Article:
Part 2 of a 3-part series on the rivalry between two of the top contenders to win the Rugby World Cup in France later in 2023. The teams play the opening match of the RWC in Paris and could very well end up playing one another in the final several weeks later.
It was not until February 1954 that France won its first test against New Zealand – in Paris in front of a crowd of 25,000 –winning 3-0 in overcast and windy conditions. Although the French had to wait 48 years for their first win over the All Blacks, this was only the third time the teams had played one another (the All Blacks beat France 30-6 in Toulouse in 1925, with 30,000 spectators there watching on).
Despite the French starting to claim they could be considered as the world champions – they later beat South Africa in a two-test series in 1958 and winning the Grand Slam in 1959-60 and 1961 – New Zealand was unbeaten against France during the 1960s. Although the French lost all eight tests against the All Blacks in the 1960s, they were able to beat the All Blacks three times in the 1970s, with a win in 1973 (13-6) sharing a series in France in 1977 (3-15 and 18-13) and winning 24-19 in 1979.
The 1979 win was France’s first ever win against the All Blacks in New Zealand, on Bastille Day, July 14, at Eden Park. Fifteen years later France won its first series in New Zealand (1994), winning the two tests played – 22-8 in Christchurch and 23-20 in Auckland.
One of the most eventful French - NZ matches was the 1986 test played in Christchurch
New Zealand vs France at Lancaster Park, Christchurch, New Zealand
Saturday, 28 June 1986
New Zealand 18 France 9 (HT 12-6)
Rugby in New Zealand in the 1980s was dominated by the powerful and divisive effects of apartheid in South Africa. The 1981 Springbok tour of NZ shone a light on apartheid and sport that had never been shone as bright before. It changed New Zealand society. It divided families and broke-up friendships. It changed rugby. A few years later, a 1986 rebel tour of South Africa by The Cavaliers – an unofficial NZ team comprised of most of the then current All Blacks – led to a subsequent two test ban for those Cavalier players.
As a result, it was a ‘Baby Blacks’ team that ran out onto Lancaster Park to play a strong French team in a test match that had been committed to before the Cavalier’s tour. Only four of the Baby Blacks had played test rugby before – David Kirk (who went on to be the 1987 World Cup winning captain), rugby legend John Kirwan, Arthur Stone and Brian McGrattan. Future All Blacks captain Sean Fitzpatrick made his Test debut.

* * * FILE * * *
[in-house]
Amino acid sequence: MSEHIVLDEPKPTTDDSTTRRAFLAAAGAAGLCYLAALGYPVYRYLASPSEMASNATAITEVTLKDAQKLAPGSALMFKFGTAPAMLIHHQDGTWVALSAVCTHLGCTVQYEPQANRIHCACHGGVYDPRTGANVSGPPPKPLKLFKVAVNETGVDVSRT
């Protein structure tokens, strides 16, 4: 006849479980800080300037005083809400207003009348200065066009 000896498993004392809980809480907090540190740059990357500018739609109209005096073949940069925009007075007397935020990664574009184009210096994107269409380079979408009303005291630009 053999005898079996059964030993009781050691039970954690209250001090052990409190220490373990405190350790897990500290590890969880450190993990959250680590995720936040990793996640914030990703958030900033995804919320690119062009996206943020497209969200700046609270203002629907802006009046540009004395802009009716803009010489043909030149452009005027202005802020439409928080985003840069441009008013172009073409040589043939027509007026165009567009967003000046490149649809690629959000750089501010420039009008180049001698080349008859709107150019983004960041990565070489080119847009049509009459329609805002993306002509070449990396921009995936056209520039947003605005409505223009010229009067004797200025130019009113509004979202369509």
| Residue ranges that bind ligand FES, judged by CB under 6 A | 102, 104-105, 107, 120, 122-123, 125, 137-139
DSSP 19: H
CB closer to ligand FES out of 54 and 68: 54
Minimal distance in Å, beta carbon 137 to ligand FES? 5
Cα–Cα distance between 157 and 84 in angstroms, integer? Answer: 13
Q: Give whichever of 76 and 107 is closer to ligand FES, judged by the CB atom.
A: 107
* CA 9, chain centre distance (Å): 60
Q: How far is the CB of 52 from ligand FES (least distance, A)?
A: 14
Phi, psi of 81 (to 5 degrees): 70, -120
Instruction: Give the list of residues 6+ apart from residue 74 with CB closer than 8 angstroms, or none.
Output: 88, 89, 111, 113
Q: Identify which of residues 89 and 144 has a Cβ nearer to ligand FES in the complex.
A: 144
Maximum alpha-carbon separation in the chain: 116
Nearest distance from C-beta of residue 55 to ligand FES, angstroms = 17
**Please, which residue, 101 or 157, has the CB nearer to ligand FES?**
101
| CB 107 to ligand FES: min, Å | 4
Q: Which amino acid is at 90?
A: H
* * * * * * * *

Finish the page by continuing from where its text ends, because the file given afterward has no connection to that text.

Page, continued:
Players have shared their experiences that day in the awesome 2020 book by Tony Johnson and Lynn McConnell ‘Behind the Silver Fern – The All Blacks in their own words.’
David Kirk – ‘The Baby Blacks were a significant moment in All Blacks history, and a lot of New Zealanders think that … there was a buzz, an excitement … I recall some scepticism from all the old heads that there was no way 'these young guys' could win. They were a great French team, and they would crush us in the set pieces was the feeling at large.’
John Kirwan – ‘We had a simple game plan about putting them on their arses, making them go backwards and hurting them … it was a moment in time where the boys had chosen to go to Africa and the boys who stayed behind said, 'You're not going to get your All Blacks jersey back'. A lot of us went into the game with that sort of attitude.’
Sean Fitzpatrick – ‘Just before we’d gone onto the field, Kirky got us into a circle for one last motivational talk ... the door was open and out of the corner of my eye I saw the French walking past. I found myself looking at Laurent Rodriguez and he was like … Grrrrrrrrr. I thought, Effing hell, what are we doing here? But, somehow, we beat them. I still don’t know how.’
At the end of that year New Zealand made a two-match tour of France and were comprehensively beaten 16-3 in the second test at Nantes. The All Blacks were outmuscled by a French team playing with full intensity. The match has come to symbolise the necessity for the All Blacks to never be complacent and for the forwards to never be dominated.
Dave Gallaher Trophy